Getty Images Douglas Ross Getty Images

Douglas Ross sent a message to the first minister during a visit to Michael Matheson’s constituency

After the committee’s findings were announced last Thursday, the first minister raised concerns about the integrity of the process.

Mr Swinney revealed he had repeatedly written to Mr Whitfield referencing comments from committee member Annie Wells, who had initially recommended the 27-day suspension.

In a letter sent in March, Mr Swinney highlighted a post on X in which Ms Wells said Mr Matheson had “misled parliament and lied to the media repeatedly”.

The 27-day suspension was backed by Tory colleague Oliver Mundell but SNP committee members Jackie Dunbar and Alasdair Allan disagreed with Mr Allan describing it as “extremely high” compared to sanctions in previous cases.

The deciding vote in favour was made by Mr Whitfield, who did not express a “personal view” but said the committee would otherwise have been unable to reach a recommendation.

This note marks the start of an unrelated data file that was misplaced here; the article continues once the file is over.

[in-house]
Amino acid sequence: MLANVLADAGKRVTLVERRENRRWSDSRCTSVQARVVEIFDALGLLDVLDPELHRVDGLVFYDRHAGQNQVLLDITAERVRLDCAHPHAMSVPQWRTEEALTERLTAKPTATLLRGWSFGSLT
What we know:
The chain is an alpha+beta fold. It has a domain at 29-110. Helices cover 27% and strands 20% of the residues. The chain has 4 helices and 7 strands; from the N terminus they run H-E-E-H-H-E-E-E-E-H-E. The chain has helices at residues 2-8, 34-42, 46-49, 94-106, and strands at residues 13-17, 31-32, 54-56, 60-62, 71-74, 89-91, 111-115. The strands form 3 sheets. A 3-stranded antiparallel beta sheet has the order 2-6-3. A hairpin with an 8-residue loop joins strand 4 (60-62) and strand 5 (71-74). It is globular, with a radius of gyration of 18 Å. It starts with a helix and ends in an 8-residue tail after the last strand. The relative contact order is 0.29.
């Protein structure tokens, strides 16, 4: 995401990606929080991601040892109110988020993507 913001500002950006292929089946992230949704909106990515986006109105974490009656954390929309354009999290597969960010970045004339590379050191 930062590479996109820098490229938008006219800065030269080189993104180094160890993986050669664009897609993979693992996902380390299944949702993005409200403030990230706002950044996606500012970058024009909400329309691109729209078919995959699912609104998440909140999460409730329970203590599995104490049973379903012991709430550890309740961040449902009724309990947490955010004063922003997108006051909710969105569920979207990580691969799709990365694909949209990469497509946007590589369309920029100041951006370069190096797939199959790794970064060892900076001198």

By-election demands

Unlike at Westminster, where MPs can be removed by constituents if they are suspended for more than 10 days, there is no recall mechanism at Holyrood.

Scottish Tory leader Douglas Ross tabled the motion declaring Mr Matheson should quit parliament and said a by-election could be held on 4 July, the same day as the general election.

During a visit to Mr Matheson’s constituency, he said the first minister had “staked his reputation” on the former health secretary.

“He would rather support his good friend than defend the integrity of parliament,” Mr Ross said.

“Michael Matheson lied to parliament, he lied to the presiding officer and, most importantly, he lied to the public.”

Scottish Liberal Democrat leader Alex Cole-Hamilton told BBC Scotland News that Mr Matheson should stand down and trigger a by-election.

“Michael Matheson has clearly lost the trust of the general public and the media. I think when that happens it’s impossible for him to represent his constituents to best effect.”